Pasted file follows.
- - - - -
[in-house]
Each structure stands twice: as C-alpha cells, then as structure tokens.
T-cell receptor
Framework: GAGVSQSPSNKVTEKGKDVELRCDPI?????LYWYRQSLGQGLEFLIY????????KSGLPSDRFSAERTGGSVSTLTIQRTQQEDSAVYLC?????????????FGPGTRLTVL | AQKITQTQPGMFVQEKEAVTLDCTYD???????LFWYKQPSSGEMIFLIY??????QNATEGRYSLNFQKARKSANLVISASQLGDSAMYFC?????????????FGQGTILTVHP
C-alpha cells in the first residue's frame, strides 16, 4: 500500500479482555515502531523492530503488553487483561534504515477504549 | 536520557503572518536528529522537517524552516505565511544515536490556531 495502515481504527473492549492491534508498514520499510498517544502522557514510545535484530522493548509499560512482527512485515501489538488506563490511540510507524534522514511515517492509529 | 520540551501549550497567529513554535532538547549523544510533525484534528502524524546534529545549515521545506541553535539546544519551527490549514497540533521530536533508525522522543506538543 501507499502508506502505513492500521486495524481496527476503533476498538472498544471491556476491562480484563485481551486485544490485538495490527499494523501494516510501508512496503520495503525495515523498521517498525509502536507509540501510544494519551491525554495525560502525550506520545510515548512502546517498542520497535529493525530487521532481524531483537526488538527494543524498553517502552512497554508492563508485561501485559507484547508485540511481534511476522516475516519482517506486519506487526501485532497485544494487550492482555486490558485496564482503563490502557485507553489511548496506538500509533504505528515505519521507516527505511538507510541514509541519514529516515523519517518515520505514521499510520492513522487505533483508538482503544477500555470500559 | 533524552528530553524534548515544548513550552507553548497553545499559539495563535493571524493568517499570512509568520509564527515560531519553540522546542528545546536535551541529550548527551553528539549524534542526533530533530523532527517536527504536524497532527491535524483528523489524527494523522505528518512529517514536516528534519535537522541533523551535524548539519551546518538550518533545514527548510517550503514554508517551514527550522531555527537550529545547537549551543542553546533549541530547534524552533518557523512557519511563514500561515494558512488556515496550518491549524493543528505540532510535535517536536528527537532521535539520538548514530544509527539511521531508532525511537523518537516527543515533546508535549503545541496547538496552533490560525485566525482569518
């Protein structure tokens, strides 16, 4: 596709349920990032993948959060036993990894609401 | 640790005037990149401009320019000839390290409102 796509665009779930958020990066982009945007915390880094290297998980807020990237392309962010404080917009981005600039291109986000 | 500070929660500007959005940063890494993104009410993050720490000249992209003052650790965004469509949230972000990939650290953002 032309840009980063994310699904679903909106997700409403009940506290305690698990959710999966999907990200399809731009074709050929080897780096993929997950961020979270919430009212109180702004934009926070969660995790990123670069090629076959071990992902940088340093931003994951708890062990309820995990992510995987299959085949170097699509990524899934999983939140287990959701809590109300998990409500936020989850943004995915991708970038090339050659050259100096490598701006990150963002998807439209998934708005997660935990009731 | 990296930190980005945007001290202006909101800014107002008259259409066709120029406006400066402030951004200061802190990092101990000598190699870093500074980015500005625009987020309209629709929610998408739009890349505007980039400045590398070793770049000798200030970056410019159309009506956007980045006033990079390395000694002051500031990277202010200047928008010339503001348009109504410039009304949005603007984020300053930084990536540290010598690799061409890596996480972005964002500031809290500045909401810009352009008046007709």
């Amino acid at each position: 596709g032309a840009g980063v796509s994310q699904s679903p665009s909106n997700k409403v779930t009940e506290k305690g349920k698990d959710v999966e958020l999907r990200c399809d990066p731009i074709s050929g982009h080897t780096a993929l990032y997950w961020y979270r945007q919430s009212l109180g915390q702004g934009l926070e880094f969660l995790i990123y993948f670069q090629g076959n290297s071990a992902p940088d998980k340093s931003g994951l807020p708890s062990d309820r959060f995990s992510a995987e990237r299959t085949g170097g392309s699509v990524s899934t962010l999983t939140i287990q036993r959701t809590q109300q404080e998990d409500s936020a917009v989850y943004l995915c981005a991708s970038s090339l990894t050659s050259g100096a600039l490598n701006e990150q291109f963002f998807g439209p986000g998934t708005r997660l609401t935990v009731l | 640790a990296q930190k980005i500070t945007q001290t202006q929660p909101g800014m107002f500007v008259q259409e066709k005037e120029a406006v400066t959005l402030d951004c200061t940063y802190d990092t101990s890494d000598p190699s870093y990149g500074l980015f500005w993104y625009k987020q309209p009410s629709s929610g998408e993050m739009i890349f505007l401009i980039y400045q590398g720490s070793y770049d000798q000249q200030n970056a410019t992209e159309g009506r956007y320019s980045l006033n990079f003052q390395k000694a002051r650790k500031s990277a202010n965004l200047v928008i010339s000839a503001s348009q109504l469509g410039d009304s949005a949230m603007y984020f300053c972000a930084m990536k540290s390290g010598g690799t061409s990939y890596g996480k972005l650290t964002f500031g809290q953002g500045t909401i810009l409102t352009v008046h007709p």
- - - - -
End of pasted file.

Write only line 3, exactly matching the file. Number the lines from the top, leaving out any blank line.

T-cell receptor